Tricks and Schemes and Rahm, Oh My!

I wonder why Rahn Emanuel wasn’t out in front, leading the charge, rallying the troops for an all-out assualt on AIG executives and their bonuses. Could it have anything to do Rahm’s time on the board of Freddie Mac, as described in the Chicago Tribune’s Rahm Emanuel’s profitable stint at mortgage giant?

Before its portfolio of bad loans helped trigger the current housing crisis, mortgage giant Freddie Mac was the focus of a major accounting scandal that led to a management shake-up, huge fines and scalding condemnation of passive directors by a top federal regulator.

One of those allegedly asleep-at-the-switch board members was Chicago’s Rahm Emanuel—now chief of staff to President Barack Obama—who made at least $320,000 for a 14-month stint at Freddie Mac that required little effort.

As gatekeeper to Obama, Emanuel now plays a critical role in addressing the nation’s mortgage woes and fulfilling the administration’s pledge to impose responsibility on the financial world.

Emanuel’s Freddie Mac involvement has been a prominent point on his political résumé, and his healthy payday from the firm has been no secret either. What is less known, however, is how little he apparently did for his money and how he benefited from the kind of cozy ties between Washington and Wall Street that have fueled the nation’s current economic mess.

And

In business as in politics, Emanuel has cultivated an aggressive, take-charge reputation that made him rich and propelled his rise to the front of the national stage. But buried deep in corporate and government documents on the Freddie Mac scandal is a little-known and very different story involving Emanuel.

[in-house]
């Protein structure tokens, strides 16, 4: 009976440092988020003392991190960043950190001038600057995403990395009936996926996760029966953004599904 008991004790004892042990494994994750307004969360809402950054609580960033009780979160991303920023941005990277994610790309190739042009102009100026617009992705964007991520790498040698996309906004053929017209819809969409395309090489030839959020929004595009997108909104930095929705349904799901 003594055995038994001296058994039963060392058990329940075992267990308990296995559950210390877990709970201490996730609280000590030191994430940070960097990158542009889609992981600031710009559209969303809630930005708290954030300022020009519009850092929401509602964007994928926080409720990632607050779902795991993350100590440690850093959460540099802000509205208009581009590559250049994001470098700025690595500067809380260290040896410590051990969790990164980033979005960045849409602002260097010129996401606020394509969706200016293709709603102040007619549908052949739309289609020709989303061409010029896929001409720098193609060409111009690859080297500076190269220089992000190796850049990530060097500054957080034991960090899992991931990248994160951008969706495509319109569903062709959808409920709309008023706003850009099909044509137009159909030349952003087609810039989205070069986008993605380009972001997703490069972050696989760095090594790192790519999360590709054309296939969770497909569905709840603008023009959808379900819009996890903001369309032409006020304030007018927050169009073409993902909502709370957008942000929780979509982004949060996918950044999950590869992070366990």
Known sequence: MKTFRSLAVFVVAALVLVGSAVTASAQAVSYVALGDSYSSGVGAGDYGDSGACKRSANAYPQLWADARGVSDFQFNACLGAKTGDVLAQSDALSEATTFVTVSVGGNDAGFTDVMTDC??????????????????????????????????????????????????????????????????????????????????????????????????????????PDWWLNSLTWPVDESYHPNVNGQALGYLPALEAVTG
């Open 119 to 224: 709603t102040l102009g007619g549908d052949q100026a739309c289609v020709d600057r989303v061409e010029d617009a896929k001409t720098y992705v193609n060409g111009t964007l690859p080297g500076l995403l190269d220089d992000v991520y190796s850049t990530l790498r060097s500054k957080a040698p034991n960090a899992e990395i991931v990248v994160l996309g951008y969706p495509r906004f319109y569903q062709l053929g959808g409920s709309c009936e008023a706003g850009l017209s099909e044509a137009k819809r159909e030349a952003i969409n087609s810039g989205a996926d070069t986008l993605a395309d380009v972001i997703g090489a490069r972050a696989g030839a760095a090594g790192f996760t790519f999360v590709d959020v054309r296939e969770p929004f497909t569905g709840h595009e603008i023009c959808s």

He was named to the Freddie Mac board in February 2000 by Clinton, whom Emanuel had served as White House political director …

The board met no more than six times a year. Unlike most fellow directors, Emanuel was not assigned to any of the board’s working committees, according to company proxy statements. Immediately upon joining the board, Emanuel and other new directors qualified for $380,000 in stock and options plus a $20,000 annual fee, records indicate.

I wonder why Rahm isn’t taking charge now.

On Emanuel’s watch, the board was told by executives of a plan to use accounting tricks to mislead shareholders about outsize profits the government-chartered firm was then reaping from risky investments. The goal was to push earnings onto the books in future years, ensuring that Freddie Mac would appear profitable on paper for years to come and helping maximize annual bonuses for company brass.

The accounting scandal wasn’t the only one that brewed during Emanuel’s tenure.

During his brief time on the board, the company hatched a plan to enhance its political muscle. That scheme, also reviewed by the board, led to a record $3.8 million fine from the Federal Election Commission for illegally using corporate resources to host fundraisers for politicians. Emanuel was the beneficiary of one of those parties after he left the board and ran in 2002 for a seat in Congress from the North Side of Chicago.

The next time a democrat talks about tricks, schemes, and hatching plans, only the context will tell whether they are speaking about Dick Cheney or Rahm Emanuel.

By the way, the article states that George Bush ceased  making appointments following an assessment by then head of a federal oversight agency for Freddie Mac, Armando Falcon, that the patronage system was useless. Thank you President Bush.

Will Congress consider legislation to retroactively tax Emanuel’s lucre so generously provided by Freddie Mac at, oh, say 90%?

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